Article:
Saturday, April 23, 2005

48th SF International Film Festival - Day One

Oh dear. It's a (double) triple feature Friday, starting with:

"Cine'vardaphoto" (dir. Agnes Varda, France, 2004, 93 minutes) This is a triptych of short subjects by Agnes Varda: "Ydessa, the Bears and Etc..." (2004?), "Ulysse" (2003?) and "Salut les Cubains" (1963). The thread that binds the three shorts is that still photography is the central subject. I LOVED "Ydessa...," which focused on an art curator who has turned exhibition itself into an art form. Her collection of 100's of photos of people holding teddy bears - from the turn of the century through the second world war, is exhibited in a way which BLOWS people's minds!! Even on film! That is all I'll say about that, so as to avoid a spoiler. (This program repeats one or two more times in the Festival and has distribution, so GO SEE IT if you can!) The second was not nearly as fulfilling, though still sort of interesting as Ms. Varda follows up with a pair of models that she worked with 30 years prior. The third short, which is an 'animated' collage of photographs she took in Cuba in 1963 was difficult to follow, as it was in French with terribly grainy subtitles against a lot of white background. So. Well. I dozed off at one point. Which was good, 'cos I needed to prepare for Rrrrrrrroxanne(!)'s award presentation.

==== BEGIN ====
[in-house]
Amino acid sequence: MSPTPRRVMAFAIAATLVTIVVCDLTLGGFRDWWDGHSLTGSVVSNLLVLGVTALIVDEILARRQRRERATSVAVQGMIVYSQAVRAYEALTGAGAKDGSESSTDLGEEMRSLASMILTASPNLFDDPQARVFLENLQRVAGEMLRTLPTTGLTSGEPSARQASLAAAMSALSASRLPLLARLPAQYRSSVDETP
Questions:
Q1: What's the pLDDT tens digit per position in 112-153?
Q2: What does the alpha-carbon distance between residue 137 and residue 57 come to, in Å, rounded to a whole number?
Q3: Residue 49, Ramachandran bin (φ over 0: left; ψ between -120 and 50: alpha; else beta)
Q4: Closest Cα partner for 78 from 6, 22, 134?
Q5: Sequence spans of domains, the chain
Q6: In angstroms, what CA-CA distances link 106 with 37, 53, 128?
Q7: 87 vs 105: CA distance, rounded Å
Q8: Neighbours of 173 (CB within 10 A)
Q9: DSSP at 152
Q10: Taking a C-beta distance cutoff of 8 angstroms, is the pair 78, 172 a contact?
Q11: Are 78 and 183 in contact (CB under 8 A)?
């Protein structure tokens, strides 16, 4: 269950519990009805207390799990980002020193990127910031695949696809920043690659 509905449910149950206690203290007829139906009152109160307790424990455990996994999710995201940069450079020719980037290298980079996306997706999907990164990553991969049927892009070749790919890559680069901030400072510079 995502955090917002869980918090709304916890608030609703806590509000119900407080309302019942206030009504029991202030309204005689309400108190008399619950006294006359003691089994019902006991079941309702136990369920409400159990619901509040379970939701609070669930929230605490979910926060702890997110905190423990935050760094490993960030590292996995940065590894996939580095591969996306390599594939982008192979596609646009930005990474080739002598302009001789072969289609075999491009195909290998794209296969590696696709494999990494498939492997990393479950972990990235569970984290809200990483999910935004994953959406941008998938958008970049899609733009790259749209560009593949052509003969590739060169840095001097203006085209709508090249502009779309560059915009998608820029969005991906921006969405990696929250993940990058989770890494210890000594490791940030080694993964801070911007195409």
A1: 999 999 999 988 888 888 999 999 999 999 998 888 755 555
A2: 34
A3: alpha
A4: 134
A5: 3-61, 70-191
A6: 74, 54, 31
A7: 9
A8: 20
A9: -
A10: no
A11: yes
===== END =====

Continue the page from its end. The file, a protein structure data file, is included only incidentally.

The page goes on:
It would seem that the French Consulate in San Francisco is just THRILLED with the work that Rrrrrrrroxanne(!) has done these past four years. (Has it really been FOUR YEARS since the Pompous Asshole, er, I mean, Peter Scarlett left the SF Film Society??) Rrrrrrrroxanne(!) was made a 'Chevalier de l'Ordre des Arts et des Lettres' by the Minister of Culture and Communication of France! This is outrageously ironic since she can not pronounce the title she was just given. Poor Rrrrrroxanne! (She also appeared on stage in Dolce and Gabbana, if I'm not mistaken. I think she should have chosen Chanel or at least YSL.) Anyway, during the Consulate's introduction of Rrrrrrroxanne(!), he mentioned her career on Broadway as having worked with Bob Fosse and Ute Hagen. Judy snarked, "Was she an usher?" which made me snot! Anyway, Rrrrrrroxanne(!) gave a brief and well rehearsed acceptance speech in English and French and got out of the way for the director of: